Publication Date 01/07/2014         Volume. 6 No. 6   
Information to Pharmacists


From the desk of the editor

Welcome to the July 2014 homepage edition of i2P (Information to Pharmacists) E-Magazine.
At the commencement of 2014 i2P focused on the need for the entire profession of pharmacy and its associated industry supports to undergo a renewal and regeneration.
We are now half-way through this year and it is quite apparent that pharmacy leaders do not yet have a cohesive and clear sense of direction.
Maybe the new initiative by Woolworths to deliver clinical service through young pharmacists and nurses may sharpen their focus.
If not, community pharmacy can look forward to losing a substantial and profitable market share of the clinical services market.
Who would you blame when that happens?
But I have to admit there is some effort, even though the results are but meagre.
In this edition of i2P we focus on the need for research about community pharmacy, the lack of activity from practicing pharmacists and when some research is delivered, a disconnect appears in its interpretation and implementation.

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Pharma & Wholesaler - Invading Community Pharmacy

Neil Johnston

articles by this author...

Neil Johnston is a pharmacist who trained as a management consultant. He was the first consultant to service the pharmacy profession and commenced practice as a full time consultant in 1972, specialising in community pharmacy management, pharmacy systems, preventive medicine and the marketing of professional services. He has owned, or part-owned a total of six pharmacies during his career, and for a decade spent time both as a clinical pharmacist and Chief Pharmacist in the public hospital system. He has been editor of i2P since 2000.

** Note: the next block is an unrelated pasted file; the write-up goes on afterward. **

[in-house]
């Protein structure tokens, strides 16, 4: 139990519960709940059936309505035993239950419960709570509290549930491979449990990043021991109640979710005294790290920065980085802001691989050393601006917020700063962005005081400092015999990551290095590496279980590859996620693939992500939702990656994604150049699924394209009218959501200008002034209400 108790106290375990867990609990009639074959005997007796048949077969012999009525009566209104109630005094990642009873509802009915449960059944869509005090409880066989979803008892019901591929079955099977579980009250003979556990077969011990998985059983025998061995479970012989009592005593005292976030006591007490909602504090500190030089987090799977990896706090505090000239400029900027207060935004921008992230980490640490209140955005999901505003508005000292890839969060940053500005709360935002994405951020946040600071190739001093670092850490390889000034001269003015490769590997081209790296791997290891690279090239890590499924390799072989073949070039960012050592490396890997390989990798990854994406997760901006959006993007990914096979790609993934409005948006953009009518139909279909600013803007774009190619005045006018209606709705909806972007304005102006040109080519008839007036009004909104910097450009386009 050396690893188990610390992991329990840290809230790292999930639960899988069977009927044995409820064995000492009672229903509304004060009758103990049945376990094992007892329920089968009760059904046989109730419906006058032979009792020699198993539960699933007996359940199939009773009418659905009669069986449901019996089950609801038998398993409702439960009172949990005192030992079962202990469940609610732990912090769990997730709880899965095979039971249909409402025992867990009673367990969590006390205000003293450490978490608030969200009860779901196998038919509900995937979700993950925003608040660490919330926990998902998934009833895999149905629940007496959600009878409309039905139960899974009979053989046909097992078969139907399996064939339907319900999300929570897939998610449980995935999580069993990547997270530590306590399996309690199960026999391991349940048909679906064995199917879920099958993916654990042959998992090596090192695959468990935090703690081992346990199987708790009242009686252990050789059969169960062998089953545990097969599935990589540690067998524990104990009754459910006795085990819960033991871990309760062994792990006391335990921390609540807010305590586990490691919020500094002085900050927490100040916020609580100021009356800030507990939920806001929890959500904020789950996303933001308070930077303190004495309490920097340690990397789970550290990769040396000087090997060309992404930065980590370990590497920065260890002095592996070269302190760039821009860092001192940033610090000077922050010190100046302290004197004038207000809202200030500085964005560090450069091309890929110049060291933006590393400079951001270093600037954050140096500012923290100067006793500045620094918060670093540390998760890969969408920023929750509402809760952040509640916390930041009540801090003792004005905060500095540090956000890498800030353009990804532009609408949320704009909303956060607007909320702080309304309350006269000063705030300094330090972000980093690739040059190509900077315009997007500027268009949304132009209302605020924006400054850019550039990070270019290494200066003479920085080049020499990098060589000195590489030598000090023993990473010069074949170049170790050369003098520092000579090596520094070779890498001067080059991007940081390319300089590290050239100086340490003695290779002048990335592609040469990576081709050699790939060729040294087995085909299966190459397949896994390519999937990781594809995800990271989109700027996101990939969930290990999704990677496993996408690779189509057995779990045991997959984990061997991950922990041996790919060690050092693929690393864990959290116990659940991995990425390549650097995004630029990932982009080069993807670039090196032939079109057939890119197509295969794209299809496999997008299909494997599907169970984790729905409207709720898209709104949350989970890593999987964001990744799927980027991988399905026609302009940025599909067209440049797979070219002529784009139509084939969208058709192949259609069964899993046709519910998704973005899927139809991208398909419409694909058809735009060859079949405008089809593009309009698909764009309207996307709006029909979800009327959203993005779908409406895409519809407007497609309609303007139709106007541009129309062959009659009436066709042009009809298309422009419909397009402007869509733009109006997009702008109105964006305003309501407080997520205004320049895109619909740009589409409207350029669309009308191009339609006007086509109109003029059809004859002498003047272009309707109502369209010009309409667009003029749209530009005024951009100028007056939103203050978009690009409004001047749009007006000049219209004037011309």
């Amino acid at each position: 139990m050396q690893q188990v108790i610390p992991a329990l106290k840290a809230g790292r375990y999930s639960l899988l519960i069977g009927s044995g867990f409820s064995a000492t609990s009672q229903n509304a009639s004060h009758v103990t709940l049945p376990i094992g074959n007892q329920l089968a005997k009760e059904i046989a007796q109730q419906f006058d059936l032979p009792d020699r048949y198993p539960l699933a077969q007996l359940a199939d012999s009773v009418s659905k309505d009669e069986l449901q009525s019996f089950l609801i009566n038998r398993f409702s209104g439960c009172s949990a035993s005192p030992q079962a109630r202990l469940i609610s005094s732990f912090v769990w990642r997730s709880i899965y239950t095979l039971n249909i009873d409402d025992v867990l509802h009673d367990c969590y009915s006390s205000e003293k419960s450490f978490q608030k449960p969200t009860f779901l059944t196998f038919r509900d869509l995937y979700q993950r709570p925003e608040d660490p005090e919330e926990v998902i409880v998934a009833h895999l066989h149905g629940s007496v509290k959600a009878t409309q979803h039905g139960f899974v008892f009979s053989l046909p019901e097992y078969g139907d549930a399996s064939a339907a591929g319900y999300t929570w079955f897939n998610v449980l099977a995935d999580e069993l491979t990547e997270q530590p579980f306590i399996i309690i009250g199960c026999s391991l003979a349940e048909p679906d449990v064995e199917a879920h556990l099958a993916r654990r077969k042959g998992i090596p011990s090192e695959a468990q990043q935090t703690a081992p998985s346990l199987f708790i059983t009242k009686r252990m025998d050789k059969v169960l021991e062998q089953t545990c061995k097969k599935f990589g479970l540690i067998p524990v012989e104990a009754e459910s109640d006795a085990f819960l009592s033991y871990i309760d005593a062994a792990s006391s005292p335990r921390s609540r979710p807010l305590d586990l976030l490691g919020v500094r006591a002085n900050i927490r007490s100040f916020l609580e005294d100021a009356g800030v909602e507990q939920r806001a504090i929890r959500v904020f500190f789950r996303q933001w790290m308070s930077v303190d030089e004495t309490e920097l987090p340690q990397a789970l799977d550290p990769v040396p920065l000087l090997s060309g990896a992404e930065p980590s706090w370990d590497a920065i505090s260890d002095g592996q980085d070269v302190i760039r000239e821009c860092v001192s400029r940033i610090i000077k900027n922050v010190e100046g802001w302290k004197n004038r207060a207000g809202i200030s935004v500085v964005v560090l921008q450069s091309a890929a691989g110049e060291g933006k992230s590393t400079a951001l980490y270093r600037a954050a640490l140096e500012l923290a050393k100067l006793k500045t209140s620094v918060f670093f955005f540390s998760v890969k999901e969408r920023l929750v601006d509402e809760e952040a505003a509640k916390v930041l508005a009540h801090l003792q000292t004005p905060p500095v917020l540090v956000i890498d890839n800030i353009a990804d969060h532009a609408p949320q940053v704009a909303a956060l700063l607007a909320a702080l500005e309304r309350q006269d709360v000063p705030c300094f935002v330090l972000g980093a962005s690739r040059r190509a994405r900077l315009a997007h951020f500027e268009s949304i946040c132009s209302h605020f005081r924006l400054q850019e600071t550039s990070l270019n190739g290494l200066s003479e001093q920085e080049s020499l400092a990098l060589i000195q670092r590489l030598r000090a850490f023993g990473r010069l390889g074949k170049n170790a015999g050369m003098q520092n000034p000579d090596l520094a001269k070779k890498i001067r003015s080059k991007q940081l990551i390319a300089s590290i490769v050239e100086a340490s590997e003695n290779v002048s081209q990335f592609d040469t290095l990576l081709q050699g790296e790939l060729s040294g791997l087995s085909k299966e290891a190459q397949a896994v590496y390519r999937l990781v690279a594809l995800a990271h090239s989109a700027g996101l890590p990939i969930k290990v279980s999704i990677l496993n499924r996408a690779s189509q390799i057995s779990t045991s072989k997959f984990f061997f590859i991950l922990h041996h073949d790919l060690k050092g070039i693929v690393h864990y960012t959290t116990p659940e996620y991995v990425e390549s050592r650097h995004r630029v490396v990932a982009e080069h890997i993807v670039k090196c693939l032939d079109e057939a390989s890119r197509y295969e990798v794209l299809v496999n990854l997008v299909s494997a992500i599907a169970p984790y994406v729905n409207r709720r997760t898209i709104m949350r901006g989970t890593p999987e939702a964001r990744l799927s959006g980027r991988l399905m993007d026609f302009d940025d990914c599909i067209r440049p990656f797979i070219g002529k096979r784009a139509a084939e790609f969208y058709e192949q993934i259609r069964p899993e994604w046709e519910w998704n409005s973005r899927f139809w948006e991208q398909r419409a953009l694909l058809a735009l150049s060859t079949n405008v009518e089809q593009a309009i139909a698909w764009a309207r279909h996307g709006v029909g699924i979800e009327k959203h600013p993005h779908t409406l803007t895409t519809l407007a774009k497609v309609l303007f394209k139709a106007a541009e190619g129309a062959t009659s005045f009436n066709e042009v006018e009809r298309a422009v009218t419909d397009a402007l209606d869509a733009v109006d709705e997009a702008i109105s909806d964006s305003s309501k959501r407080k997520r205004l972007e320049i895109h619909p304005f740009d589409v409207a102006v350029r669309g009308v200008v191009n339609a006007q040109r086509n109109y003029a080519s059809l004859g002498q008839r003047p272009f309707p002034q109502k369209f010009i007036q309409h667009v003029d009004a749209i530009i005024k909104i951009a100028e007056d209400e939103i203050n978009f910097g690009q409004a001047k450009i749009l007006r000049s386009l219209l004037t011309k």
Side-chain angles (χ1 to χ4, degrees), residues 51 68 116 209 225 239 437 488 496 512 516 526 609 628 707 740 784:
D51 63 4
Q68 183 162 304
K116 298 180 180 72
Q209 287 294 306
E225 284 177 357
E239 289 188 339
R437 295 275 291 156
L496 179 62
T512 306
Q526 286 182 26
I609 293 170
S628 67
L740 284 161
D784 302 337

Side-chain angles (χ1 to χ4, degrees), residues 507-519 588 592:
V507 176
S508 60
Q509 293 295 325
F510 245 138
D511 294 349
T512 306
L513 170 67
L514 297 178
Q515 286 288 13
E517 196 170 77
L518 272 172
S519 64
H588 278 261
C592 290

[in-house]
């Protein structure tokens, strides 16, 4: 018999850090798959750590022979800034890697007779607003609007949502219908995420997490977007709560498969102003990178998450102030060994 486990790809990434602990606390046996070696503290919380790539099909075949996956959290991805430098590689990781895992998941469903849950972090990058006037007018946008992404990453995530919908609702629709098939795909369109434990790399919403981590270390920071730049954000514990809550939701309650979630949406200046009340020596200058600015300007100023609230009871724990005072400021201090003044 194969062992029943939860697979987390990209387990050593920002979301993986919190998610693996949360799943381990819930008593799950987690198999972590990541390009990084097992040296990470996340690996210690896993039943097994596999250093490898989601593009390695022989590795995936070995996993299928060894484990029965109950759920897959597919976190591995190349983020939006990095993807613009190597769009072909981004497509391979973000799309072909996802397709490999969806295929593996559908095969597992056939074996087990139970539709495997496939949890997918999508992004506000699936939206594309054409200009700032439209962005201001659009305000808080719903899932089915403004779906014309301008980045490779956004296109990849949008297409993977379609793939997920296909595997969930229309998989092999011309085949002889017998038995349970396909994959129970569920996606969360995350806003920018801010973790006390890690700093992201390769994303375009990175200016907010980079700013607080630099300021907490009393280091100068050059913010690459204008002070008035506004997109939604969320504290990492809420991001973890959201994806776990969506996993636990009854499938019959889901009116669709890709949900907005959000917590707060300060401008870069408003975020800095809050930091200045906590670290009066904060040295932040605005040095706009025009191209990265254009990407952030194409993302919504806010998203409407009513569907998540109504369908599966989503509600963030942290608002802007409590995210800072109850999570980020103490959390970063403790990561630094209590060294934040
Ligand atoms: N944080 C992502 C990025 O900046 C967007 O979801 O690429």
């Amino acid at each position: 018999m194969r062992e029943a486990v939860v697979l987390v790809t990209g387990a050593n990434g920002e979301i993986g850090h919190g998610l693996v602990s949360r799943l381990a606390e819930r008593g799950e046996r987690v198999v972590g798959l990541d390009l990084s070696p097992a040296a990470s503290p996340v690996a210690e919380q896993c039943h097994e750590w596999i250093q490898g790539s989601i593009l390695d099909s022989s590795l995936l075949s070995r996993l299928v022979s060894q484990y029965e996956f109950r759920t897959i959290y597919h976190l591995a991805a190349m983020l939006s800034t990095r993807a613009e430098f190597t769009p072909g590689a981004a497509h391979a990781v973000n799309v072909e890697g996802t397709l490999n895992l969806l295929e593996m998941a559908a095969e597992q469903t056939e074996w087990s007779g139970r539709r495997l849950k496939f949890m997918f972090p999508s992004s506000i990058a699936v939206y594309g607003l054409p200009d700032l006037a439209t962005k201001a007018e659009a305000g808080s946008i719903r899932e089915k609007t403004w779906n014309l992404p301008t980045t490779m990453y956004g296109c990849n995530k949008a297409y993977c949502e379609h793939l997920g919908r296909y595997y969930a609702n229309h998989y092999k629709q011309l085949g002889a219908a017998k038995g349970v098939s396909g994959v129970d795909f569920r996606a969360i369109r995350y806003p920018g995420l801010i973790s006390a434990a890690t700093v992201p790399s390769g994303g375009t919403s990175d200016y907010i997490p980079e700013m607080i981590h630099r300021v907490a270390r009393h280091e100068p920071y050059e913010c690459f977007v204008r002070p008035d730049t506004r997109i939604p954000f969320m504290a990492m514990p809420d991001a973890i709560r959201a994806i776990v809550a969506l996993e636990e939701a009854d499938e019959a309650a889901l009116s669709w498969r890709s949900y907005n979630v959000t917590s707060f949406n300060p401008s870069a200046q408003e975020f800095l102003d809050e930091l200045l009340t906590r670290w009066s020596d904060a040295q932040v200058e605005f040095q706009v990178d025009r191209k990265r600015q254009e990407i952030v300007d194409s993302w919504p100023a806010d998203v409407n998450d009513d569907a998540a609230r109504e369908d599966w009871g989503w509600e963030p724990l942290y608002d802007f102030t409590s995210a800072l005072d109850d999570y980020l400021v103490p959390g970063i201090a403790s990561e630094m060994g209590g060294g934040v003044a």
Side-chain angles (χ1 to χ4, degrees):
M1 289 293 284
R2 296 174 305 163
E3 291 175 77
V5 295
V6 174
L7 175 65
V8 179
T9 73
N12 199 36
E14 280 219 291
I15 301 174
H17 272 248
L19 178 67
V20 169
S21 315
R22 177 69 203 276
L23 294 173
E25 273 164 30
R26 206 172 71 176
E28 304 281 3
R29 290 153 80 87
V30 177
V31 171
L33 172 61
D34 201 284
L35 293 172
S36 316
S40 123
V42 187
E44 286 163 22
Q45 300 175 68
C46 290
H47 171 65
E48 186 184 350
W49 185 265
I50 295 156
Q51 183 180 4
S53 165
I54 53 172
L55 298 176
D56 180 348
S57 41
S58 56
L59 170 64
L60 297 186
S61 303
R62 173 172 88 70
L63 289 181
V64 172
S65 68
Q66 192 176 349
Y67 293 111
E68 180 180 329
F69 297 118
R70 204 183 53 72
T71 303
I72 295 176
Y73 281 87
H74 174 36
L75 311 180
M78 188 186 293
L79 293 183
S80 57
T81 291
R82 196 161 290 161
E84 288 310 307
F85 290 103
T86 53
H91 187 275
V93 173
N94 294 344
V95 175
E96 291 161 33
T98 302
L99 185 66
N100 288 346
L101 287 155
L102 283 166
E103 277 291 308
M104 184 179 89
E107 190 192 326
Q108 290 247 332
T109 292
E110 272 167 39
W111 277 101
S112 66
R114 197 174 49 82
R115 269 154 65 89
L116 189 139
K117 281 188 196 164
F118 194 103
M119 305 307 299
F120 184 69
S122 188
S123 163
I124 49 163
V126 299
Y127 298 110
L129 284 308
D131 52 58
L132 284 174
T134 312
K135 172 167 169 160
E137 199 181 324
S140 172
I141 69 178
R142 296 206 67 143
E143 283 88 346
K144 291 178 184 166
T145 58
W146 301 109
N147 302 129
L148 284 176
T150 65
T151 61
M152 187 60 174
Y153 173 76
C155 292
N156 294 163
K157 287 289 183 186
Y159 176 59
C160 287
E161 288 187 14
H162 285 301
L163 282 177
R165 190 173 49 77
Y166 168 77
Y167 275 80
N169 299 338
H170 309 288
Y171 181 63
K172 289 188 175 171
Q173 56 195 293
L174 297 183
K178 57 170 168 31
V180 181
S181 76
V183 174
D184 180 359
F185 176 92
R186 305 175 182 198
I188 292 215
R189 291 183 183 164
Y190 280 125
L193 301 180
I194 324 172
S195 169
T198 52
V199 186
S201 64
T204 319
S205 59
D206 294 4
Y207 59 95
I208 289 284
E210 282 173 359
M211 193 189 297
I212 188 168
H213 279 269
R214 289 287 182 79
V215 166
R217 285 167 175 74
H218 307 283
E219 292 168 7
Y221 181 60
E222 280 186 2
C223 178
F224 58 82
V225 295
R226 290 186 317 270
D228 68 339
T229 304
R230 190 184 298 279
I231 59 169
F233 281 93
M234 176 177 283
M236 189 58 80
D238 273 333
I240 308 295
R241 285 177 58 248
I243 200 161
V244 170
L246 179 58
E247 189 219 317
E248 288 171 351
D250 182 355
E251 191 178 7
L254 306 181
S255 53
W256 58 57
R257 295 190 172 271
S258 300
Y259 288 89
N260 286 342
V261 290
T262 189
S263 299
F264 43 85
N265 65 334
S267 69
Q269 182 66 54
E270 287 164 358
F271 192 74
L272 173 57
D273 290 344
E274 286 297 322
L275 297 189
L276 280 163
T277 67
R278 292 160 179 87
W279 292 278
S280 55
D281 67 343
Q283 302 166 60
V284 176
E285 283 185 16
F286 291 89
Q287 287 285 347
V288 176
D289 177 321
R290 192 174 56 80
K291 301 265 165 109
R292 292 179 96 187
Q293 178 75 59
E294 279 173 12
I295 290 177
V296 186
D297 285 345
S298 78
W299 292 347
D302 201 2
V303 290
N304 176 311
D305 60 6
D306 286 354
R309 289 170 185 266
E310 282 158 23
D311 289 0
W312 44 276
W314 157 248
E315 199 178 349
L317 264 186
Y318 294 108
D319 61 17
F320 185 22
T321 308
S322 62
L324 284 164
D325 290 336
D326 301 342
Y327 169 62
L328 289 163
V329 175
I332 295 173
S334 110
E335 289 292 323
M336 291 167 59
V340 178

Over the past four years, i2P has been promoting the concept of “Pharmacy-in-the-home”, the definition of “home” being where a patient actually lives (private home, nursing home, hostel etc.).
More succinctly, the concept of the development of a mobile pharmacy health service has been a project in progress.
Understandably, the concept of a mobile service has also caught the attention of mobile phone manufacturers and their “app” developers, with the latter starting as an interesting innovation, but now turning into an innovation flood.
There is no doubt that pharmacy must change its model of health delivery and become proactive on behalf of patients - to be mobile and have diversity in health programs and individual services

Simultaneously, mobile phones have become “smart” and a whole new health segment has been born (known as mhealth).

In a recent article featured in the online publication “Chemist & Druggist”, discussion centred on the content delivered from the Conference of the European Association of full-line wholesalers, held in Lisbon. The following is an excerpt:

Bricks-and-mortar pharmacies will be ‘last resort’ by 2020

Bricks-and-mortar healthcare facilities, including community pharmacies, will serve only as a last resort by 2020, the head of Vodafone's mobile health services has warned.

Rising healthcare costs and technological innovation could mean healthcare services will be provided outside of traditional facilities whenever possible, Vodafone head of mHealth solutions Axel Nemetz told the annual conference of the European Association of full-line wholesalers (GIRP) in Lisbon last week (June 4).

This could bring with it opportunities for pharmacy, he claimed. "Opportunities around home care, but also opportunities around assisted living. The solution today is to bring the patients out of the hospital as much as possible so they can be remotely monitored."

Approximately two years ago i2P alerted Australian pharmacists to a paper produced by Price Waterhouse Cooper (PWC) that summarised future directions for the Pharma industry.
It foreshadowed that control of the supply chain would be necessary as a means of maximising drug prices and establishing a direct distribution channel was essential to a manufacturer’s survival.
Shortly after the release of that paper Pfizer moved to direct distribution in the UK and then Australia.
The PWC consultants also noted the precarious position that direct distribution created for wholesalers and pharmacies.